Sunday, February 14, 2016

Finding Hope

By request of a friend who reads my blog, I am going to ditch my usual style of writing without caps. He says it makes it hard for him to read.

I found hope yesterday. After almost a week of feeling pretty low, not working since I had quit Starfish, feeling a little isolated because virtually all my socializing was done at work, wrestling with my own moral and ethical issues as I mentioned in the author’s note to my post Truth and Consequences, the ramifications of NATO coming to the Aegean in response to the refugee crisis and not knowing where I was going to go or what I was going to do next, I found hope.
Literally and figuratively.

I hiked overland—following the roads, but still a hike—through the hills to a lovely spot more northerly on the coast. I found the Hope Center. Along the way I met a young volunteer from Austria who only had a few days of holiday and had chosen to spend it here on Lesvos, volunteering. We walked together, stopping to commiserate with a dog who wanted company, then finally reaching a battered sign saying ELPIS, the Greek word for hope.

There at the bottom of the gently sloping hill was a rambling, slightly gone to ruin building. It had been a hotel that had been sitting empty for a number of years. The heirs to the property didn’t want to run a hotel, but when the refugees started arriving, the old hotel had been leased to a local ex-pat couple to create a safe and welcoming space for refugees. Some donor group, I’m not sure who, have paid the entire first year’s rent of the five year lease. After that, when presumably the need for a refuge will have ended, the old hotel will be turned into an art space for women to have their studios and sell their wares.

When I arrived, there were a few people there working on various projects. The young volunteer I walked with immediately set to work clearing out overgrowth in the terraced garden by the pool, algae-green with neglect. As I talked with some of the volunteers, hearing the history and discussing future plans and strategies, others arrived in an almost continuous stream. A young man wearing an Engineers Without Borders t-shirt advised that there was an unused, unclaimed pellet stove at a warehouse in Mytilini that would be perfect for Hope. Another pair of volunteers reclaimed some wood and rebuilt a small section of roof that was rotting and close to collapsing. More volunteers joined the garden crew. Some young women put away donated supplies of shampoo and soap. They had made small survival bags for refugees consisting of shampoo, soap, toothpaste, and other personal items for refugees who had lost everything. We all agreed, laughing, that the packaged energy bars included should be taken out so they didn’t taste like soap. Though tranquil, the Hope Center was a hive of activity. As they said, though it’s quiet now, the refugees aren’t going to stop coming, and when they do, we’ll be ready.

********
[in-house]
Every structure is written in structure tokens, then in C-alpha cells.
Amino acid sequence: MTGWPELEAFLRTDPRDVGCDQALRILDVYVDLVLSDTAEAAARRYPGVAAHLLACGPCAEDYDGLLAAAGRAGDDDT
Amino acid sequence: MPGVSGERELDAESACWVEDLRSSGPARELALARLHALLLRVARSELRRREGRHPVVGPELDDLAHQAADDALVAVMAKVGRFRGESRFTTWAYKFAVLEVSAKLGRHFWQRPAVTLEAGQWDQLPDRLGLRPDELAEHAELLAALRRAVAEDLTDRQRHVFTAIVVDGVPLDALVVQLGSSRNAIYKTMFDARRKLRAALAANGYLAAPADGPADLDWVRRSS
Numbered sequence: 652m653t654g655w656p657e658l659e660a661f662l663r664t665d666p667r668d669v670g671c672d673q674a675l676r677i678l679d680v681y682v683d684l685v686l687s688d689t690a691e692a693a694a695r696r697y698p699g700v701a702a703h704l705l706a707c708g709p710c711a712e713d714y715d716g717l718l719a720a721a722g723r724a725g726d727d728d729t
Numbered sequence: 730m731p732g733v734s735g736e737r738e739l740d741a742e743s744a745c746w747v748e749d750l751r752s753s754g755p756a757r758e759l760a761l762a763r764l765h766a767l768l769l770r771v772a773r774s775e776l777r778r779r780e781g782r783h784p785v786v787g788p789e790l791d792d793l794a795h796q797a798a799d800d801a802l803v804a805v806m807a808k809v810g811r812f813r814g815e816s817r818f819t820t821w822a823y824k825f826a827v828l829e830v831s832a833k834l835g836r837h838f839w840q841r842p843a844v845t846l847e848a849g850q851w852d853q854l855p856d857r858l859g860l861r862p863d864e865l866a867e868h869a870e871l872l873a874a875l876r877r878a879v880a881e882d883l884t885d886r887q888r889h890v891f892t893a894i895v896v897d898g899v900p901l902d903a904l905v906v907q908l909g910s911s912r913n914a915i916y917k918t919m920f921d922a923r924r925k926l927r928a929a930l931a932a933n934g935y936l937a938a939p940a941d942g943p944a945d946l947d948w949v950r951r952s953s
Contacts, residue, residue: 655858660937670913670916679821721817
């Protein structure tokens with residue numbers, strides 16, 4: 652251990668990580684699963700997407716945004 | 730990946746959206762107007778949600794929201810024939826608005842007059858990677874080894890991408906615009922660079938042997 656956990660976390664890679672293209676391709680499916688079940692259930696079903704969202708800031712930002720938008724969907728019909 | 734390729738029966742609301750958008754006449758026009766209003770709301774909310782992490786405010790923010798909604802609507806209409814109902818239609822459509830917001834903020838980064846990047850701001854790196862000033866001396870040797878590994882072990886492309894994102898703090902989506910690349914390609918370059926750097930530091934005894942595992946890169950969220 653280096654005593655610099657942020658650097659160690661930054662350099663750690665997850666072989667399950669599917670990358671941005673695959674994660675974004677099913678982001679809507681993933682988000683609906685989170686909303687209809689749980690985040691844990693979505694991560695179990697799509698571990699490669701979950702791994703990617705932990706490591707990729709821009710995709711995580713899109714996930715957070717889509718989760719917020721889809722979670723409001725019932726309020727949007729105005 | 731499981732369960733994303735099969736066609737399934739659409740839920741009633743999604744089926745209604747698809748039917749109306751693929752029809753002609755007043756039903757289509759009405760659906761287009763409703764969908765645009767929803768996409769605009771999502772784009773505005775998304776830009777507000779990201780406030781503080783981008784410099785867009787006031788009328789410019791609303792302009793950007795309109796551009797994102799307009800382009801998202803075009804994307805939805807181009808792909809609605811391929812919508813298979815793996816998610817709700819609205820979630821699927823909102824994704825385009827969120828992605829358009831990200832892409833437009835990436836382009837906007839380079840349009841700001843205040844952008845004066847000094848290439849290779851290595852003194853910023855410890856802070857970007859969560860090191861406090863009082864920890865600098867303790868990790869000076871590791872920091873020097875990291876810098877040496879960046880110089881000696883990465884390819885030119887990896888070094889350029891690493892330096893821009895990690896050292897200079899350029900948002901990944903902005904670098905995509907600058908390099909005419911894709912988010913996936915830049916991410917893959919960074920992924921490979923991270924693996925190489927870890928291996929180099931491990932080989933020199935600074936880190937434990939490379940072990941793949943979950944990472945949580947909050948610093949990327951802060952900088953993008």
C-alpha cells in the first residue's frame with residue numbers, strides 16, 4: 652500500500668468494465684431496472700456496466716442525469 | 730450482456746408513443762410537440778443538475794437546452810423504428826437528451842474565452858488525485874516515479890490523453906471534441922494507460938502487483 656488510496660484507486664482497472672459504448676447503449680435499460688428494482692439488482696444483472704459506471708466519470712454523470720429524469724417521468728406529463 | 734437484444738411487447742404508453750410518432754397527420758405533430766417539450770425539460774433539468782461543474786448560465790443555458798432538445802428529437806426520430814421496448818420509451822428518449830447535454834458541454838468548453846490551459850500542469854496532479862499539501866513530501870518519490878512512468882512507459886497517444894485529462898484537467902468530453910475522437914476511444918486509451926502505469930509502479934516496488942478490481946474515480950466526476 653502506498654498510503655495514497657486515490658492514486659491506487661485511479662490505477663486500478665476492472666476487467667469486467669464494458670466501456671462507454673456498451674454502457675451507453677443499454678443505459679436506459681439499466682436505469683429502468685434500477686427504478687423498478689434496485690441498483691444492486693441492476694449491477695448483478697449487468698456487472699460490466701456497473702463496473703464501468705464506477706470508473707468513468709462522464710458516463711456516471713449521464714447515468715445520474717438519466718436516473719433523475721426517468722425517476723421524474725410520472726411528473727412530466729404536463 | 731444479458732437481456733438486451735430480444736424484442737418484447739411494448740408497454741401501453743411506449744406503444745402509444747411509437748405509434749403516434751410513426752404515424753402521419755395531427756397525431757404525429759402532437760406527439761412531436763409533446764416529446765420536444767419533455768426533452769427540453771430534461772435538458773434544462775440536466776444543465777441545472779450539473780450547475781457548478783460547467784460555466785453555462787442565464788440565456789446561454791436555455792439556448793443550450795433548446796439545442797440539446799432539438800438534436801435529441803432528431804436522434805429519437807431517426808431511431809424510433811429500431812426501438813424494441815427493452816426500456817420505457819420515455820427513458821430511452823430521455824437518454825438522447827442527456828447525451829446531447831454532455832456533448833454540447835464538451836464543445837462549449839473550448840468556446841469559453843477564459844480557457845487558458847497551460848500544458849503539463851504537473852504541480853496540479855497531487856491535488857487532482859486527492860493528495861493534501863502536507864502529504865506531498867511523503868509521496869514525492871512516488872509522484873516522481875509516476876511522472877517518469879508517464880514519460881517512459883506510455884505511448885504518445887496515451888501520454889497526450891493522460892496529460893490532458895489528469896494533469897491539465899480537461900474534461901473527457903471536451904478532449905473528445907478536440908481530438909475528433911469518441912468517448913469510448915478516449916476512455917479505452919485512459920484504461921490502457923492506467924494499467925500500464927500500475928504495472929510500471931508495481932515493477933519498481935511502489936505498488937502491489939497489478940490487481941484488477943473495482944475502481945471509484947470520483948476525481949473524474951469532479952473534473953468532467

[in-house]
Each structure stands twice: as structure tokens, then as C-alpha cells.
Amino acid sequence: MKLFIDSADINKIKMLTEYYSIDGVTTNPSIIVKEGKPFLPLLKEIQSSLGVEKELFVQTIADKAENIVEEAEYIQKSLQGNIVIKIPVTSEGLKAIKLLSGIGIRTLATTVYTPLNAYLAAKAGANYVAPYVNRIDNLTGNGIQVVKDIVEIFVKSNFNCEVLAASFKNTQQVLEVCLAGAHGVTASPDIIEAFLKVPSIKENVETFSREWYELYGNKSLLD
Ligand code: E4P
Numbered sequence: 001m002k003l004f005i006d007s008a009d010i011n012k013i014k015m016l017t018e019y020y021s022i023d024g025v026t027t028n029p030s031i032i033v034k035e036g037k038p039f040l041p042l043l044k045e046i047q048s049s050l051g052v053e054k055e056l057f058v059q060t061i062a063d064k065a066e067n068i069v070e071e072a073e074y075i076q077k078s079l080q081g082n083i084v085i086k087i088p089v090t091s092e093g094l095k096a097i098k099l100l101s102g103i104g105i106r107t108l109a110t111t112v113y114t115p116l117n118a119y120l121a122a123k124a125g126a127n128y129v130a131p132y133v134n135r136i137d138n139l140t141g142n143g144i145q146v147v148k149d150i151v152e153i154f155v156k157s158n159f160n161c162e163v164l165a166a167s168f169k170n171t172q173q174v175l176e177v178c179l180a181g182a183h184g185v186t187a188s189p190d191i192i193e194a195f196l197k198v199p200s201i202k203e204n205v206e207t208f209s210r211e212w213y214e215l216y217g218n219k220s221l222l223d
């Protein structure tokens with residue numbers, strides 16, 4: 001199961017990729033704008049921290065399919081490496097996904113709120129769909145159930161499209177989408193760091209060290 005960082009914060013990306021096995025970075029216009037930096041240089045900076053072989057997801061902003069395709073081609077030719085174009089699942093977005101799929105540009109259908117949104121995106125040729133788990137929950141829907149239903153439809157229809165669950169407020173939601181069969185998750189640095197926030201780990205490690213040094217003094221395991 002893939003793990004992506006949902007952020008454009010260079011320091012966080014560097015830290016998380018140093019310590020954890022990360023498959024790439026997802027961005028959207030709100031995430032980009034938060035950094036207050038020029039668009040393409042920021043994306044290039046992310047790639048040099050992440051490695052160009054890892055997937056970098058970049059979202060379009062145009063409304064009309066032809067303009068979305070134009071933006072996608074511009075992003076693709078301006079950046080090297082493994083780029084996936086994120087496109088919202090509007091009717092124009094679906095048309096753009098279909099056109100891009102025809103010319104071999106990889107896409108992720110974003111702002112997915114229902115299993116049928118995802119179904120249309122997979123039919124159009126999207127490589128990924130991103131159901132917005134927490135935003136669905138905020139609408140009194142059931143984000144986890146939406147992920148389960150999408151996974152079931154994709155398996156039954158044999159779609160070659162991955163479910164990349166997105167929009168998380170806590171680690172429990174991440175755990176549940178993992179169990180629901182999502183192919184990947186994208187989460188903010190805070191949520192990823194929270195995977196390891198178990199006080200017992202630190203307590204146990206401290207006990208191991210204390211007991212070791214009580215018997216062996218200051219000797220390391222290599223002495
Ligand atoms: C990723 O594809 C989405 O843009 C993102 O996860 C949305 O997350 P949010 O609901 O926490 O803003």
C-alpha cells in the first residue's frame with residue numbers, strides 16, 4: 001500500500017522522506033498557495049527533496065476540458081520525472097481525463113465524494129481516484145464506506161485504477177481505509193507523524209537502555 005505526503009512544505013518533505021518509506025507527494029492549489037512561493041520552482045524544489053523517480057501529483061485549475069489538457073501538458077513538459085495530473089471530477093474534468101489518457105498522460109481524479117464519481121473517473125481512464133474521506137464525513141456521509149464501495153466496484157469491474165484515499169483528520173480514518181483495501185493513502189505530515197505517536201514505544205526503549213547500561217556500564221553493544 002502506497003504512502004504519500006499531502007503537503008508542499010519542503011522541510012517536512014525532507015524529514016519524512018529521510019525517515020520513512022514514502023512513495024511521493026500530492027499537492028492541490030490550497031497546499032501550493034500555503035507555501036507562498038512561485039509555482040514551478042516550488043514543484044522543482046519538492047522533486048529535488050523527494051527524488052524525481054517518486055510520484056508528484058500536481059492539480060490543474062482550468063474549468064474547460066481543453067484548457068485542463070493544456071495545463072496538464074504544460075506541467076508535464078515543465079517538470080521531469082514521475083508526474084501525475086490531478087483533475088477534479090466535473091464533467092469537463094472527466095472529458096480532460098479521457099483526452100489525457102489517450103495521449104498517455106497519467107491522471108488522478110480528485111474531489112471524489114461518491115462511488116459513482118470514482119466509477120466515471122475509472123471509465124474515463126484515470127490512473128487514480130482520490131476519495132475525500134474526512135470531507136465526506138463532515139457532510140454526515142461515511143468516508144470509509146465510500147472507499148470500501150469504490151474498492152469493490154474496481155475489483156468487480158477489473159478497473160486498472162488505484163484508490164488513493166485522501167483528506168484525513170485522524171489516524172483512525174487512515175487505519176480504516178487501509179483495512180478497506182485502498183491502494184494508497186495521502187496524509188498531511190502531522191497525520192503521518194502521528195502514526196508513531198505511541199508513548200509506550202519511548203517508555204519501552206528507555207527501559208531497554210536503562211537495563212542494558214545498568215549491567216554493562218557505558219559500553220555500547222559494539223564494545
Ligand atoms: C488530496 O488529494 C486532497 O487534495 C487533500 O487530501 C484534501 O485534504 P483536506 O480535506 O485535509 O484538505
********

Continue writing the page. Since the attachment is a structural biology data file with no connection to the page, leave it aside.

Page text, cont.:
On a tour through the rambling building, I saw the men’s and women’s clothing rooms, coats and jackets, shirts, sweaters, and pants on hangers to more easily allow wet refugees to choose their new clothes. I saw the future medical clinic, donated beds and stretchers leaning against the wall. I saw family rooms waiting to welcome refugees to shelter.

The Hope crew talked about their plans for a children’s playground, about the group of volunteer architects who had advised them on repairs, about the one time—not yet ready, but needed—that they had housed refugees and the ensuing legal headaches when they got in trouble for housing 150 or so refugees. It was not long ago, at a peak in refugee arrivals, when the north coast of the island was overwhelmed. The Greek police had come to them, asking them to take in the overflow who could not be accommodated elsewhere, in the already established transit camps. But unregistered refugees (and the only place to register is Moria, in the south) are not allowed to stay at hotels and technically, the Hope Center was still a hotel.

They have, as I understand it, worked through that tangle and are confident they will get all their licensing and legal framework in order soon.

Meanwhile, they will continue to offer first response with tea and blankets, dry clothing and comfort to refugees whose rubber boats end up on their beach, and the work continues. On the wall of the reception area, near the fireplace, is the job board. A cluster of small notes, categorized by type—sorting, cleaning, construction, skilled, etc.—each with a job listed on it that volunteers can perform as the Hope Center prepares for the day they can legally house refugees. One of the categories of jobs is entitled Creative. One of the jobs listed under this category is “Make friends with NATO.” The Hope Center hasn’t lost its sense of humor in the midst of so much human misery.

As the afternoon waned, one of the volunteers pointed out a rainbow arching over the Aegean. It seemed to embrace the Hope Center and those few miles of sea separating Turkey and Greece, those few miles of sea that, crossing, deliver the refugees safely to Europe and out of their war ravaged homelands.

Over dinner last night, we discussed what we could do today that would embrace the spirit of Valentine’s Day and send their message of love and solidarity.

I’ll let you know how it turns out. I found hope.